when they deepen the learning and harness that natural talent to enhance performance.
The objective should be to turn classroom learning in the traditional format into a three-
dimensional experiential learning event. This can happen by creating a learning
community in a dynamic environment where participants can explore points of view,
perspectives, and proposed employment of knowledge in an ongoing discussion with
others. This approach encourages and integrates the classic, but informal student
discussions that previously may have occurred spontaneously in the student union or in
a Friday night dorm discussion in a special, data-driven, and more formal way.
More specifically, learning events supported and enhanced through Yellowdig Engage
are three-dimensional. The process reinforces and encourages content acquisition
(learning something that can be known and applied), cross-cutting critical thinking
abilities (applying knowledge in response to a life situation through critical thinking,
problem-solving, or analytical thinking), and behavior (doing so effectively given the
situation in which the experience is occurring).
By understanding and encouraging these three domains of experiential learning, this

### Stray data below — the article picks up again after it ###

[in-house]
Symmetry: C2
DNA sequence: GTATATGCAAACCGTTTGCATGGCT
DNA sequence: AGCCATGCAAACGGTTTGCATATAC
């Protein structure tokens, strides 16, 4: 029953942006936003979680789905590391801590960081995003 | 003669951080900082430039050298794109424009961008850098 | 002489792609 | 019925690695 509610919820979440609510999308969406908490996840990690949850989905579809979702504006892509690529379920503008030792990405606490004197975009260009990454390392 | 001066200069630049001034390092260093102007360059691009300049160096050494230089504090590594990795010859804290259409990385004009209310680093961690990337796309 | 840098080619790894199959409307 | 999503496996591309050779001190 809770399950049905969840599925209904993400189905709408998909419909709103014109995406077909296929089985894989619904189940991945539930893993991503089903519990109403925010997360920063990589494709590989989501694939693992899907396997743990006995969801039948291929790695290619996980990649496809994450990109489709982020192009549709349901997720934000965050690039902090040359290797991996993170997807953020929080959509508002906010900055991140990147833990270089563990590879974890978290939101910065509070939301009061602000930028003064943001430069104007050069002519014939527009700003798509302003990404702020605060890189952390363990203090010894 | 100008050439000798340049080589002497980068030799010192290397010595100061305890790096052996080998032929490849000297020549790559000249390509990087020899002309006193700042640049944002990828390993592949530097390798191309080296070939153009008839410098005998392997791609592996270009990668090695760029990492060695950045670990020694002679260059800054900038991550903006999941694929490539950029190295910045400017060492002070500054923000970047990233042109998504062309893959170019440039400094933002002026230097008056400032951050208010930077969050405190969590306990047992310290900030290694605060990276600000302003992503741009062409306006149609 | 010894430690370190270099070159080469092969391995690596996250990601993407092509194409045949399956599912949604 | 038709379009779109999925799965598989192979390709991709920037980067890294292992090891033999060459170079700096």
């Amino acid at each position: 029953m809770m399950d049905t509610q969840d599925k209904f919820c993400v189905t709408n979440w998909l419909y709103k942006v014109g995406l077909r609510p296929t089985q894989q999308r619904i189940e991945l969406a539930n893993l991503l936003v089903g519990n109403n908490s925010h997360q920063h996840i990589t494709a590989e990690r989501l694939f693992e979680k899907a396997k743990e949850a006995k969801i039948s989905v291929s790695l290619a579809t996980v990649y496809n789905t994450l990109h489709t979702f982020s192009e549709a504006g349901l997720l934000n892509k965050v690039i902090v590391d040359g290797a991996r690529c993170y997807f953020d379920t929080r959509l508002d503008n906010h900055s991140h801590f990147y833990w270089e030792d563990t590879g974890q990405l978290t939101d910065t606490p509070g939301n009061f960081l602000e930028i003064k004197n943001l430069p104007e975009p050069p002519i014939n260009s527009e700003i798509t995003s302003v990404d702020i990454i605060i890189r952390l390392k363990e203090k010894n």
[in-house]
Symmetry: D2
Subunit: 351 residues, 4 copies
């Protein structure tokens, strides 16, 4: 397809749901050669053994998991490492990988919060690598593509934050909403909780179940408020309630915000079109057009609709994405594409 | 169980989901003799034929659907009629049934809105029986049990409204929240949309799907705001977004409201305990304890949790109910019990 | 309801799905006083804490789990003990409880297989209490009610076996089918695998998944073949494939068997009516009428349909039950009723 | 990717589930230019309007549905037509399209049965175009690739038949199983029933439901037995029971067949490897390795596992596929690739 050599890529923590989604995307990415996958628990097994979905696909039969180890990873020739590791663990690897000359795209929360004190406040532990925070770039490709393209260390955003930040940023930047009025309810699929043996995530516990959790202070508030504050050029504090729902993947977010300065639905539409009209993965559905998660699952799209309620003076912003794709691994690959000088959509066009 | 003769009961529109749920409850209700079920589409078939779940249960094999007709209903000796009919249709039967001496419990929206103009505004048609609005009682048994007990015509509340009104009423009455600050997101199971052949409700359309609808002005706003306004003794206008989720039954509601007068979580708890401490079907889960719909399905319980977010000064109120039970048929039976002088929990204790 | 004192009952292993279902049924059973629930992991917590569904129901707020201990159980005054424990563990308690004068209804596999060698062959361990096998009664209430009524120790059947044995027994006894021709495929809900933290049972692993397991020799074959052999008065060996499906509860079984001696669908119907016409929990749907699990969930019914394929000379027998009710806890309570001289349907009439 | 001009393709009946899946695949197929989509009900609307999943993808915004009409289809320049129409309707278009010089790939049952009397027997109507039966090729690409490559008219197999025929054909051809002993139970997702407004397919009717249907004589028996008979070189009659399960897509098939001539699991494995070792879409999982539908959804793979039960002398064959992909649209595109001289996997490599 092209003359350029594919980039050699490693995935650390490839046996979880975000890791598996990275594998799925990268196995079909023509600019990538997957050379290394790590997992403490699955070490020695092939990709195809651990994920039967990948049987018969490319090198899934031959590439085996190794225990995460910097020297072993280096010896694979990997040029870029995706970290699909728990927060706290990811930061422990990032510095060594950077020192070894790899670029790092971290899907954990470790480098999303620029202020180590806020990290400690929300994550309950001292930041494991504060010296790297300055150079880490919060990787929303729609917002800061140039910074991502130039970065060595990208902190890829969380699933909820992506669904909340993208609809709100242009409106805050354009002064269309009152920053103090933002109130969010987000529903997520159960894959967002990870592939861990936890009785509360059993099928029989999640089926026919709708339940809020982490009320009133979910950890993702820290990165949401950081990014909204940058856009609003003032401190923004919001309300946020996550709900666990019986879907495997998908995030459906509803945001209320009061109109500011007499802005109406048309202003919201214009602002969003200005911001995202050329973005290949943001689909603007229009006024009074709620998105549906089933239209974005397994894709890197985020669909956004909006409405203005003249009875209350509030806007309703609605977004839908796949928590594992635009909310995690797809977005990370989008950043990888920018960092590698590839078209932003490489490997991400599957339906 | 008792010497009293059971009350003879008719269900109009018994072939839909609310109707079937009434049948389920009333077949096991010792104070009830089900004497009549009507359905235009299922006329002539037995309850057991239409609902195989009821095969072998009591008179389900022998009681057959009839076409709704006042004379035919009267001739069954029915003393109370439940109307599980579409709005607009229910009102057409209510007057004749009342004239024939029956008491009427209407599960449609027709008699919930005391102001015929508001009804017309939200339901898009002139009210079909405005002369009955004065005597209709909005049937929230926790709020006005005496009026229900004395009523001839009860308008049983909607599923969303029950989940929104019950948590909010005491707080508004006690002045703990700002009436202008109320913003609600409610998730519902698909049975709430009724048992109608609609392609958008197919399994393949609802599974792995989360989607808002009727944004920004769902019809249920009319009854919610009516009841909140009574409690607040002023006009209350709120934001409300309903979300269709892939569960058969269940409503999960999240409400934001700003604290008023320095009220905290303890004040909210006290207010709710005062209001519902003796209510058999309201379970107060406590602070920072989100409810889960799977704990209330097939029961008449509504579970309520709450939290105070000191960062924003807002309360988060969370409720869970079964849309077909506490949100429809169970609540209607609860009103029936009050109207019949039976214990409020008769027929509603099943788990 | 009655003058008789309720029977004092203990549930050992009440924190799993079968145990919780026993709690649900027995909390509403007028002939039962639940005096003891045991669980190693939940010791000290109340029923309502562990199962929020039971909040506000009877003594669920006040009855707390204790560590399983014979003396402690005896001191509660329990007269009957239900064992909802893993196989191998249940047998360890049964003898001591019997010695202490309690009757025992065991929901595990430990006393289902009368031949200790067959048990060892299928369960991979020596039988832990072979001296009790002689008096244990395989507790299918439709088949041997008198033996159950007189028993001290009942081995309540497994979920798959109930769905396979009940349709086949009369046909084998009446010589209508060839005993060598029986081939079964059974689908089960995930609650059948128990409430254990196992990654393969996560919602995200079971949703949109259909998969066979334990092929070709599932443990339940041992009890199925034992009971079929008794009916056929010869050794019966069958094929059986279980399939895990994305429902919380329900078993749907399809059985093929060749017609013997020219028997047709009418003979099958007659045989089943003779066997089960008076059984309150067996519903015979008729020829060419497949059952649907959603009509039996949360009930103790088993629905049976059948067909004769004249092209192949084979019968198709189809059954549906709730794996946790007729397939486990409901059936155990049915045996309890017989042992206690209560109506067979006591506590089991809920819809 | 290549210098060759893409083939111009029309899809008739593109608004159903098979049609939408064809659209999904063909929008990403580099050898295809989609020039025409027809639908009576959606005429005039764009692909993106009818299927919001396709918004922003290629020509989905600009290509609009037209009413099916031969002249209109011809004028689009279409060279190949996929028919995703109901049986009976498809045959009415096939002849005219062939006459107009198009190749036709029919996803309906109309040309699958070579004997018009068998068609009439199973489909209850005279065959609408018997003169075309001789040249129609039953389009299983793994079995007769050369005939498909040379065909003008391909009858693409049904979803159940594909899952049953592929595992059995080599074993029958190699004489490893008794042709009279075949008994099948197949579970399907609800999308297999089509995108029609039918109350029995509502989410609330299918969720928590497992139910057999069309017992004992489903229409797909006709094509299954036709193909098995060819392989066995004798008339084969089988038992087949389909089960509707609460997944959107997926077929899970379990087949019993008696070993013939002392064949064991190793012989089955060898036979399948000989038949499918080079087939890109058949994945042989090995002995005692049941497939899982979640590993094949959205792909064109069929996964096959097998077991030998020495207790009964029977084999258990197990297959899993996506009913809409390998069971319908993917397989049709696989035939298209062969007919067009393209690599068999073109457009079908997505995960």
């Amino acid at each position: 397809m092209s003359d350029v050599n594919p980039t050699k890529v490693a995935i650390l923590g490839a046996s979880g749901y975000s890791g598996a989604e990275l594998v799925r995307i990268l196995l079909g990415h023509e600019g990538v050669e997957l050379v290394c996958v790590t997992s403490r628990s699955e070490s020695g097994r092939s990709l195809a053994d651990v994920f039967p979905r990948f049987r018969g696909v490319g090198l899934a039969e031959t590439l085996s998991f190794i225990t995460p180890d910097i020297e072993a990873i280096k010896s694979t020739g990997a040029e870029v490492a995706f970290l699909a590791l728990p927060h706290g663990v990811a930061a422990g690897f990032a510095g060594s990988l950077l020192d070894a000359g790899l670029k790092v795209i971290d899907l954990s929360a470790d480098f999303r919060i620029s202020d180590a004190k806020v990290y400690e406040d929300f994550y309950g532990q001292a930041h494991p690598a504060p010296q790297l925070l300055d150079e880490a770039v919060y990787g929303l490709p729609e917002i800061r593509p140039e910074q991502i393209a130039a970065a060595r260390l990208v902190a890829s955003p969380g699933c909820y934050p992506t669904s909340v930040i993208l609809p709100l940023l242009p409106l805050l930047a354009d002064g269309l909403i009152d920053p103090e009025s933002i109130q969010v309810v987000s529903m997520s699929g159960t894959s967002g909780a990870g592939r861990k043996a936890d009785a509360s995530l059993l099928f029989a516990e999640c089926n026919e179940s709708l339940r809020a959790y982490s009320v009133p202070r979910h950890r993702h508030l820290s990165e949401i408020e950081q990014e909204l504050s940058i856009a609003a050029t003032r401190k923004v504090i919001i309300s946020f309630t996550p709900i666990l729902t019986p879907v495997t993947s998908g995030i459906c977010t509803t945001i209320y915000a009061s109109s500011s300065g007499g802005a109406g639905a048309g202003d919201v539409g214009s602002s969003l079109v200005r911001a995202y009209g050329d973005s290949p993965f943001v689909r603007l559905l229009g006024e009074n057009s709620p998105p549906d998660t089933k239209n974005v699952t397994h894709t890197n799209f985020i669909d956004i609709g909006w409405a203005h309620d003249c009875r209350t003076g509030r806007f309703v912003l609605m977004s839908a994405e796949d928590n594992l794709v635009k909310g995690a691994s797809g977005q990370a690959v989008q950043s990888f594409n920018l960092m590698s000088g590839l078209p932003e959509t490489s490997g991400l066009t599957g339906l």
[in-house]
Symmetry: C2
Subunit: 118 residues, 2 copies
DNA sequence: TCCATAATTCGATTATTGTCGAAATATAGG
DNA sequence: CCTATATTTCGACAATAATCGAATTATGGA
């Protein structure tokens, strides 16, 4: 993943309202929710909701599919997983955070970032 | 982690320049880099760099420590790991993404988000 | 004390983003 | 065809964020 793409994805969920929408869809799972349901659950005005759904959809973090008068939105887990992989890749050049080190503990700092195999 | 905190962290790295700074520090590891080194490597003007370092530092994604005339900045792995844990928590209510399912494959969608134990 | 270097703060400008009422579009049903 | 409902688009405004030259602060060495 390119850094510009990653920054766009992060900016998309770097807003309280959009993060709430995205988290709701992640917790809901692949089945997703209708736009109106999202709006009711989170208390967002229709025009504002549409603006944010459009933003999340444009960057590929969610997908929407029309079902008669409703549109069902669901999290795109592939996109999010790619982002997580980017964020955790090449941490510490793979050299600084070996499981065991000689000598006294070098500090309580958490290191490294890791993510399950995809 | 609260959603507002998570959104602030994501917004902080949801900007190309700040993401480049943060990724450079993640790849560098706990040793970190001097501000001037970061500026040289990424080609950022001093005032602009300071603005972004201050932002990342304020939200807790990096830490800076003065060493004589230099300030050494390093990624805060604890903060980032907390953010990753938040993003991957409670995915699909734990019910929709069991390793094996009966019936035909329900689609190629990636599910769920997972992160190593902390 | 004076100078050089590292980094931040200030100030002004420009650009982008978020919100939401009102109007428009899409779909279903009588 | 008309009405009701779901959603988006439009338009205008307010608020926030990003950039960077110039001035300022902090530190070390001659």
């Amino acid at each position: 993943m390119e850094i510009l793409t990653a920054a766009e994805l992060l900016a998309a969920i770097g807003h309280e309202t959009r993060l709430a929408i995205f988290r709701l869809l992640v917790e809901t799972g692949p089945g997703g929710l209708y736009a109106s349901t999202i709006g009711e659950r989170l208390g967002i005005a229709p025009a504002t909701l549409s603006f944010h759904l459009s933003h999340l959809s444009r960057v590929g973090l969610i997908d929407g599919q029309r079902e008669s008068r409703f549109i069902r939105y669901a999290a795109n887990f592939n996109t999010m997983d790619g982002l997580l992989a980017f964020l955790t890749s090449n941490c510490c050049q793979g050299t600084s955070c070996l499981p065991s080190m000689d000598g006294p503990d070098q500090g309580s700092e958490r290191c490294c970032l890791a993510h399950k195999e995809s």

approach fosters reflection through engagement and dynamic exploration of topics
pertinent to specific course objectives, whatever they may be. It also improves
completion and success rates by eight per cent or more, while significantly improving
the quality and multi-dimensional aspects of learning as well, thus enhancing the
learner's life-long learning capacity.
There are two other characteristics which enrich the actual participation and climate in a
course. First, learners should be able to bring other, related information and articles to
the conversations; to share articles, blogs, and videos from courses and sources to
augment their understanding, make a point, or simply to share for the benefit of the
class. This helps to integrate what they are learning into their current life and the world
around them. For example, during the Covid pandemic, healthcare-oriented courses
might also discuss the COVID virus, vaccines, and public policy. As the pace of
innovation grows, this would become an excellent way for folks to remain relevant and
current, as course refresh often takes years.
Second, a lot of instructors tell us that Yellowdig not only saves them “course-